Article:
Let us know if you’re interested in helping us plan any of these events, or if you have any other ideas or suggestions. Hope to see you Friday!
Happy 3rd Birthday to WCS-UW! As usual, it was a blast, with pizza, singing, cake, and of course: coloring!
Pictures courtesy of Katie Corp.
Science Night was an exciting night filled with kids who really LOVE coloring. The beginning was a slow with not that many kids showing up, but suddenly the table swamped with kids! That was the shocking part, but we were all worked hard to ensure everything went well.
Photos courtesy of Jeffrey Buenaflor.
Last Thursday, WCS put together a primer on LGBTQ+/Queer identities. It focused on terminology, experiences, and breaking down binaries. The workshop was geared towards those who don’t already have a good frame of reference for how to understand LGBTQ+/Queer-identifying folks.
Our lunch discussion series (Thursdays at noon in CHB 339) continues! Contact me (hdnelson at uw.edu) or Teresa (tmheard at uw.edu) if you’d like to join our email list or access the schedule, or if you have a topic suggestion.
This week, we talked about a recently published study (Handley, Brown, Moss-Racusin, Smith; PNAS 2015, 112, 13201-13206) investigating how people react to evidence of gender bias. The authors showed that men view studies demonstrating gender bias less favorably than women do, a finding which has important implications for anyone interested in combating bias in STEM fields.
Last week, WCS-UW and Free Radicals/PLU hosted a panel for undergraduates interested in applying to graduate school. Professors Rob Synovec (UW chemistry associate chair for graduate education) and Brandi Cossairt (member of the UW chemistry admissions committee) provided an administrative view of the application process while several graduate students shared their personal experiences. Thank you to all the of panel members and those who attended the event; it was a great way to start off the year!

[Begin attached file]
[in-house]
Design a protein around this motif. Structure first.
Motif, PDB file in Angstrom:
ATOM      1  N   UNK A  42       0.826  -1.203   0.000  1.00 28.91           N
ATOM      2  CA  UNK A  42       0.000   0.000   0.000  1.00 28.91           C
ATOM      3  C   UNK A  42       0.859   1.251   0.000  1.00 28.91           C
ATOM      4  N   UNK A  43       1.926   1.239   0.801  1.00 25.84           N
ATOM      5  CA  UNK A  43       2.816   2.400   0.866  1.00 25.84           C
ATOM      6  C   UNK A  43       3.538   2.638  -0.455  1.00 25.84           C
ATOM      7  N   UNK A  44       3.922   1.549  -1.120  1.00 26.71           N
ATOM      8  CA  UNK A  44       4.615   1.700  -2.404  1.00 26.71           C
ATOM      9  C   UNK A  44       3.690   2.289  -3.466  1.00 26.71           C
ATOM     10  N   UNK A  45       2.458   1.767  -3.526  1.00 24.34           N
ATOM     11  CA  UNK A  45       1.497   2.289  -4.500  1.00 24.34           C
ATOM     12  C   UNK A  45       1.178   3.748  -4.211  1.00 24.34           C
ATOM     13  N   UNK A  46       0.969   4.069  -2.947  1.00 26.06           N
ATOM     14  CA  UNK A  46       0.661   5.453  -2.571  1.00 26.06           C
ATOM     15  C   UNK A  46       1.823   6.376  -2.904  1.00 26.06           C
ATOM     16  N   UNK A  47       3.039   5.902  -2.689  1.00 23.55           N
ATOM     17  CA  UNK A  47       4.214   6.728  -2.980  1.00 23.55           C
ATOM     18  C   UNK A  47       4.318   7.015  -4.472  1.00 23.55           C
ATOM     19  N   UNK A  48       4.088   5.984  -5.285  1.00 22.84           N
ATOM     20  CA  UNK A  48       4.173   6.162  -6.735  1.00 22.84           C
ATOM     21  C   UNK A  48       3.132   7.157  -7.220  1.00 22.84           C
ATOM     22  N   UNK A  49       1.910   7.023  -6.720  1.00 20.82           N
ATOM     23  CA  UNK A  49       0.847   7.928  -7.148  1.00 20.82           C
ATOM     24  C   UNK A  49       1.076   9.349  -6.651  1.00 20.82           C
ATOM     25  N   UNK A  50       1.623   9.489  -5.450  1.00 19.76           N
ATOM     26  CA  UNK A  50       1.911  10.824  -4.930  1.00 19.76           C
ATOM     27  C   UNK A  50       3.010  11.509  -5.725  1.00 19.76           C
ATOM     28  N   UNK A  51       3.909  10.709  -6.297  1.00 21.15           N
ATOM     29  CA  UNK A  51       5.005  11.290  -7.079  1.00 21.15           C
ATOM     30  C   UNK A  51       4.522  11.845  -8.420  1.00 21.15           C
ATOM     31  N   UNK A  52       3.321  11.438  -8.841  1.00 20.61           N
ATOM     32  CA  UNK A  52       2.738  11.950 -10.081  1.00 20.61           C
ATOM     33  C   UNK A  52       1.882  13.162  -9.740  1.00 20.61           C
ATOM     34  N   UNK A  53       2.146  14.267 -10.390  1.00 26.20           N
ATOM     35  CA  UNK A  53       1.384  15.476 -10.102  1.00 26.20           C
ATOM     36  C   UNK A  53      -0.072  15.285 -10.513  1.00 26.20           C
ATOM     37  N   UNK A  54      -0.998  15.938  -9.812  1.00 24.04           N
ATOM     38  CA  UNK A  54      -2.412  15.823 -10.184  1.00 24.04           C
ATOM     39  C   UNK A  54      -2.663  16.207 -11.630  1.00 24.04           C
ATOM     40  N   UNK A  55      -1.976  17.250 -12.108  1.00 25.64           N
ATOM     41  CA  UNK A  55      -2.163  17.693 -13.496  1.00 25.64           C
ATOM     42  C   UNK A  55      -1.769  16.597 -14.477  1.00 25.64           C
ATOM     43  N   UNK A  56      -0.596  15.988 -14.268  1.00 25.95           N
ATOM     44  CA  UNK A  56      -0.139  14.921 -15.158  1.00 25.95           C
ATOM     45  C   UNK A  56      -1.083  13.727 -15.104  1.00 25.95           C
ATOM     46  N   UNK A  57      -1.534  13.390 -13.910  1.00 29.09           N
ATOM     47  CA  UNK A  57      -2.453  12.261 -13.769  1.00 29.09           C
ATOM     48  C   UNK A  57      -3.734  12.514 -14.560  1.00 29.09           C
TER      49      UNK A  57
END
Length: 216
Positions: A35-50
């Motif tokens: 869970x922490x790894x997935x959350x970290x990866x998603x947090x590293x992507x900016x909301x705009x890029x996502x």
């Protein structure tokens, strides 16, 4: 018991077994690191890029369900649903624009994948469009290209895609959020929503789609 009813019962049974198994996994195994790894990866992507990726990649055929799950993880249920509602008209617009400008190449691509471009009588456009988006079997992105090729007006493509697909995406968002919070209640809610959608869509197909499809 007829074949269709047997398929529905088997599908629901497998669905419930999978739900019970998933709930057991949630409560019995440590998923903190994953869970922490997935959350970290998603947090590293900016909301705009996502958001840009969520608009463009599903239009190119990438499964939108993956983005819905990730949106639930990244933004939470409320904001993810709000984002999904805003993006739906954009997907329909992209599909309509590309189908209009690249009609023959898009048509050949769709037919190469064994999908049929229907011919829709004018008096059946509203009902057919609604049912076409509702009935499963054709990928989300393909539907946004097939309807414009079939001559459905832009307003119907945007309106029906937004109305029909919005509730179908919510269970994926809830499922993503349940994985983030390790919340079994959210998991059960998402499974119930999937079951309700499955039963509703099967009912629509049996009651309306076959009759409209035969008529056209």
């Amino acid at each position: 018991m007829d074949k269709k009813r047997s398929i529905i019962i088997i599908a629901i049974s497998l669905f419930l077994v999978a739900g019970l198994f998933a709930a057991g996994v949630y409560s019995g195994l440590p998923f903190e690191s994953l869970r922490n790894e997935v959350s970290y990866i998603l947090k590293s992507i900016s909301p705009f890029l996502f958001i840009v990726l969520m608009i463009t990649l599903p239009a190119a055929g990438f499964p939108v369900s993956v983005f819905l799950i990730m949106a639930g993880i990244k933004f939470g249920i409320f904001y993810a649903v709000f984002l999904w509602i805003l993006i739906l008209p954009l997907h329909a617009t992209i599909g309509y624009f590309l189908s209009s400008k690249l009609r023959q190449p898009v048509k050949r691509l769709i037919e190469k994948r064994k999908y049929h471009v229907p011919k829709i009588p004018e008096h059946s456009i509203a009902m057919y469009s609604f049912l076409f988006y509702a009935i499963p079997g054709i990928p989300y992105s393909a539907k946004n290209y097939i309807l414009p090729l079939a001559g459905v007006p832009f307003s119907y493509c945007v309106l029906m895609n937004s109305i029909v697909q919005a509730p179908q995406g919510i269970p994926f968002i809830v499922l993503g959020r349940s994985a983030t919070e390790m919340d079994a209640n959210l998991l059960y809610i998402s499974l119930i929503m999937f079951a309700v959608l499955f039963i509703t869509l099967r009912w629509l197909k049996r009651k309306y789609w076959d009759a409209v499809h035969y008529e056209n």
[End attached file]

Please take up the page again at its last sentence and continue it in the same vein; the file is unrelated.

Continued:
If you missed it or would like to refresh your memory, here are a few key points:
- Be sure to check the individual websites of institutions that you are interested in – you’ll be able to find application deadlines and information that may be unique to the school
- When getting letters of recommendation, try to use faculty rather than TAs and bosses (the latter don’t carry too much weight)
- If you transferred schools while an undergraduate, get letters from previous and current institutions
- When looking for possible letter writers, you want to find that one person who can be your advocate and say something unique about you (doing undergraduate research can give you this)
- Undergraduate research isn’t imperative, but you should have an idea of whether you like research or not
- Your statement of purpose should express your interest relative to each institution – mention specific faculty, unique characteristics of program, etc.
- Tailor your cover letter to each school
- The most important part of your application will be your body of work as an undergraduate
- In your statement of purpose, think of how you’re going to get the busy reader to take notice of your application – distinguish yourself early and explain any red flags
- Be careful with templates, you want your statement to be original
- There is an advantage to getting your application in early
- Before you apply, it’s okay (and can help you) to contact professors at the institution to introduce yourself and express why you’re excited about attending that school
- If you would like to defer, be sure to check with each individual institution as they have different policies
Photos from the UW Bothell Inspire STEM Festival on October 10th, where we taught students about chromatography by making coffee filter art. All photos by Jeffrey Buenaflor.